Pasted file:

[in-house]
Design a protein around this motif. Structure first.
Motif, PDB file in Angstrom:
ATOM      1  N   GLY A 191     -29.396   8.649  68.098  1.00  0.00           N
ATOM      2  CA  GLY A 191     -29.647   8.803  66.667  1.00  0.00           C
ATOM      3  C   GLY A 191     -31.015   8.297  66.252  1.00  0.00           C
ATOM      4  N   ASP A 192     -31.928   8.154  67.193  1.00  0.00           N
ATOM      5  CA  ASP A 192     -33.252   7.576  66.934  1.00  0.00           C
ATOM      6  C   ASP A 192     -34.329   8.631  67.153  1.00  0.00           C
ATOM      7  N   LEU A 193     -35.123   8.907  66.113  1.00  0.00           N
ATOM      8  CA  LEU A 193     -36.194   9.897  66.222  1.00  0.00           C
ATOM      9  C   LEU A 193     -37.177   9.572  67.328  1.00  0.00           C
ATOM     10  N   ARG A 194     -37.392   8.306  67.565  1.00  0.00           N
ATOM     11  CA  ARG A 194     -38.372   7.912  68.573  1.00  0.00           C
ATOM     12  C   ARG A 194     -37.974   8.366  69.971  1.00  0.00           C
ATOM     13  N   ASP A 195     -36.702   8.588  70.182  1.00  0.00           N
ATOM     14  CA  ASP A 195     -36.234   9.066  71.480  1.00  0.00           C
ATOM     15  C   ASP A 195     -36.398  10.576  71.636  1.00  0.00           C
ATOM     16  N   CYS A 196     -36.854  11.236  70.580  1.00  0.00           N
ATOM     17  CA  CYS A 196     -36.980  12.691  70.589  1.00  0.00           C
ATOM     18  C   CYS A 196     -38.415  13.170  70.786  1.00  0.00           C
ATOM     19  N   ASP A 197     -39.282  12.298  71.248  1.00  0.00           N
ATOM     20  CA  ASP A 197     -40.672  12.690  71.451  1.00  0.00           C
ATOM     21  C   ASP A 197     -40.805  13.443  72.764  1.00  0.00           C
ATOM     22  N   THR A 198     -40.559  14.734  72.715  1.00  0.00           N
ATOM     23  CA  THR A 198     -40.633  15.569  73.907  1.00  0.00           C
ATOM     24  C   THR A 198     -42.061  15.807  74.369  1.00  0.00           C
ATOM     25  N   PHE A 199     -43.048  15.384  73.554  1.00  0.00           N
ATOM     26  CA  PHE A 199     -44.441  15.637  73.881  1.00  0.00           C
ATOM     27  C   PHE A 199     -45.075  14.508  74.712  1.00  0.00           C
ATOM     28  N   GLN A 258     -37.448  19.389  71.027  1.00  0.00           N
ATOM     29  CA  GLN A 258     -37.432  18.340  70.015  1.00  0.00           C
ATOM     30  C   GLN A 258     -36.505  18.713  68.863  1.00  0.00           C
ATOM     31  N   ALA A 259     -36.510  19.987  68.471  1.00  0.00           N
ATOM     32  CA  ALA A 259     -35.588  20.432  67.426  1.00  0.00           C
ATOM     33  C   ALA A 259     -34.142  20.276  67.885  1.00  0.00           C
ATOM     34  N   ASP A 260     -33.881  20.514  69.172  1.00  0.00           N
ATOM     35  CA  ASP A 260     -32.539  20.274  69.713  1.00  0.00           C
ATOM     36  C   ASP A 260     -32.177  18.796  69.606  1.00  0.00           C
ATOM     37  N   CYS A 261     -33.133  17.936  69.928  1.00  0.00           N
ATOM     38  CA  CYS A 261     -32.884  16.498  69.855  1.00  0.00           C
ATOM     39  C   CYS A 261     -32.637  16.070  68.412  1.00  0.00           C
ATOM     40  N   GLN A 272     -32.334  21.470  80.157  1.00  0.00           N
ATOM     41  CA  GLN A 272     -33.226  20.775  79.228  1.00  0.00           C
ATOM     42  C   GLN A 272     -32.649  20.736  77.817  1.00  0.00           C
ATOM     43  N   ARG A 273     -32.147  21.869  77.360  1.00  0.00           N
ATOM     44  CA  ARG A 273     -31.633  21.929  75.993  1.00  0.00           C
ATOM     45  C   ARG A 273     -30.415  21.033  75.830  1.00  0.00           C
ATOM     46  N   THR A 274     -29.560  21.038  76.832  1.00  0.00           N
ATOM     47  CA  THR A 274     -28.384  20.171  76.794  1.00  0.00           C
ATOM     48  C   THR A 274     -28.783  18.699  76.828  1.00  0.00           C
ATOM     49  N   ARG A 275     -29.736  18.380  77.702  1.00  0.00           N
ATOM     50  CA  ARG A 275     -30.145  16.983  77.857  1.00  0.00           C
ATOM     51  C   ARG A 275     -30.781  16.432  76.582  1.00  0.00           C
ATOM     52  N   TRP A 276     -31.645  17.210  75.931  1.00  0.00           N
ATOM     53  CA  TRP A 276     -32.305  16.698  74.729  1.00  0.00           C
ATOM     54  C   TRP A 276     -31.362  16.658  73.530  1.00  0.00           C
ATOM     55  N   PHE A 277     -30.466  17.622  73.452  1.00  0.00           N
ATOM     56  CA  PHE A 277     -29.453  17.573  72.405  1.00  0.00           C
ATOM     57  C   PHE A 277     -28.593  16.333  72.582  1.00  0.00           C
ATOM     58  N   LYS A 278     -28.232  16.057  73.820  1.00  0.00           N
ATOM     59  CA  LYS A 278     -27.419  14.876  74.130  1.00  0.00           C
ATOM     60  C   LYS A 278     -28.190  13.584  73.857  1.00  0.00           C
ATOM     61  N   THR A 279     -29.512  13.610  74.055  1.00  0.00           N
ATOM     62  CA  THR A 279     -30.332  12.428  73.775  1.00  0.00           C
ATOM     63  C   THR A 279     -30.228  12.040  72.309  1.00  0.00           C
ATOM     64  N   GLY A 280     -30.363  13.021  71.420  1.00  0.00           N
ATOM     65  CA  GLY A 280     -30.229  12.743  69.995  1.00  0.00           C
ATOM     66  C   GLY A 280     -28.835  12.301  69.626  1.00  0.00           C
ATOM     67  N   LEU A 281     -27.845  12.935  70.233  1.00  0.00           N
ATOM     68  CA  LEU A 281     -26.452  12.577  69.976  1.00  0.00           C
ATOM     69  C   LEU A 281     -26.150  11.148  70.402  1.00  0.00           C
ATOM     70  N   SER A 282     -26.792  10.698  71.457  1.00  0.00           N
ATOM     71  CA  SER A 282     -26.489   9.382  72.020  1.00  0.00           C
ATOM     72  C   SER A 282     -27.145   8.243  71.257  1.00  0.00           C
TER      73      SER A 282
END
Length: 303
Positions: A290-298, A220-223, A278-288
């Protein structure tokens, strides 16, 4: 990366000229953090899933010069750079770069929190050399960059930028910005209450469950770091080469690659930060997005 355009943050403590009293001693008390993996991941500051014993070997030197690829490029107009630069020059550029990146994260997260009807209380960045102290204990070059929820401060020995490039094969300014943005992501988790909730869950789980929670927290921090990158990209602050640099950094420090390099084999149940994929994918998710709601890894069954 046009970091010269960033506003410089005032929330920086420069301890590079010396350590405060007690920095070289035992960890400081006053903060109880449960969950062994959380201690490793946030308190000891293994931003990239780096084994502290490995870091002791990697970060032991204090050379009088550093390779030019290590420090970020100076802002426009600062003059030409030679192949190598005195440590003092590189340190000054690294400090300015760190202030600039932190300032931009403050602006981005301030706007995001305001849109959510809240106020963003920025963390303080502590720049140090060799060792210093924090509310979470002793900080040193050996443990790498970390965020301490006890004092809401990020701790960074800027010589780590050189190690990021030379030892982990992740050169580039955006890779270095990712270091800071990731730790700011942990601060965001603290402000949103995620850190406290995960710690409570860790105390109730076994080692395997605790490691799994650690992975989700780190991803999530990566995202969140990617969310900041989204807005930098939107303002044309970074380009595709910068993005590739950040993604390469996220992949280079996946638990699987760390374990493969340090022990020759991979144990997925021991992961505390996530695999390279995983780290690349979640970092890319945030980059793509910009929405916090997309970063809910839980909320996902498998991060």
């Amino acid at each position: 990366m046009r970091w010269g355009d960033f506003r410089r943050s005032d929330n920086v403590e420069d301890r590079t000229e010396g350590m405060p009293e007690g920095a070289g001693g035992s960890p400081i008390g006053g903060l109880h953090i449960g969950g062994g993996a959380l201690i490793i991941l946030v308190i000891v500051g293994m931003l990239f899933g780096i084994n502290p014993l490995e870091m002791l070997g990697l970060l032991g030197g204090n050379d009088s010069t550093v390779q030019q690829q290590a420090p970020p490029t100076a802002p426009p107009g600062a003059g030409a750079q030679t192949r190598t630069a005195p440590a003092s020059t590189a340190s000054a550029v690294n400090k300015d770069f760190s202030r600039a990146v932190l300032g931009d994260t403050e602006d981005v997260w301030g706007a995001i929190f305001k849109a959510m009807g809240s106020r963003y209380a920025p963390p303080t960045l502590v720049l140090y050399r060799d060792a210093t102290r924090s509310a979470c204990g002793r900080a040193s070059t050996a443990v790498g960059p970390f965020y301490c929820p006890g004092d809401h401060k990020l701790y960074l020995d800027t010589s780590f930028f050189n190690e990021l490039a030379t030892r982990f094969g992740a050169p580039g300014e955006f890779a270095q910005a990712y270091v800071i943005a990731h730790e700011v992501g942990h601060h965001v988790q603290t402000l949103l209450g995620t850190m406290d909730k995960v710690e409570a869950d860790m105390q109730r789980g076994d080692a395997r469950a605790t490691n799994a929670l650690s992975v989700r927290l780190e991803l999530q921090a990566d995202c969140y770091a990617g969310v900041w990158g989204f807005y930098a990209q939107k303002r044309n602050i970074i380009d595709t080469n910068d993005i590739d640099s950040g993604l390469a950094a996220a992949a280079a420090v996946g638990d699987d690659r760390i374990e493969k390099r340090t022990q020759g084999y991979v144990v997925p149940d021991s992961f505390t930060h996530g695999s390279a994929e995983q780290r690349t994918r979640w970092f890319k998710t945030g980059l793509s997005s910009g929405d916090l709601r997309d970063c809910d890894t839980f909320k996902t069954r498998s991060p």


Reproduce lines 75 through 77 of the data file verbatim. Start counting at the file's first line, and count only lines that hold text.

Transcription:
ATOM     72  C   SER A 282     -27.145   8.243  71.257  1.00  0.00           C
TER      73      SER A 282
END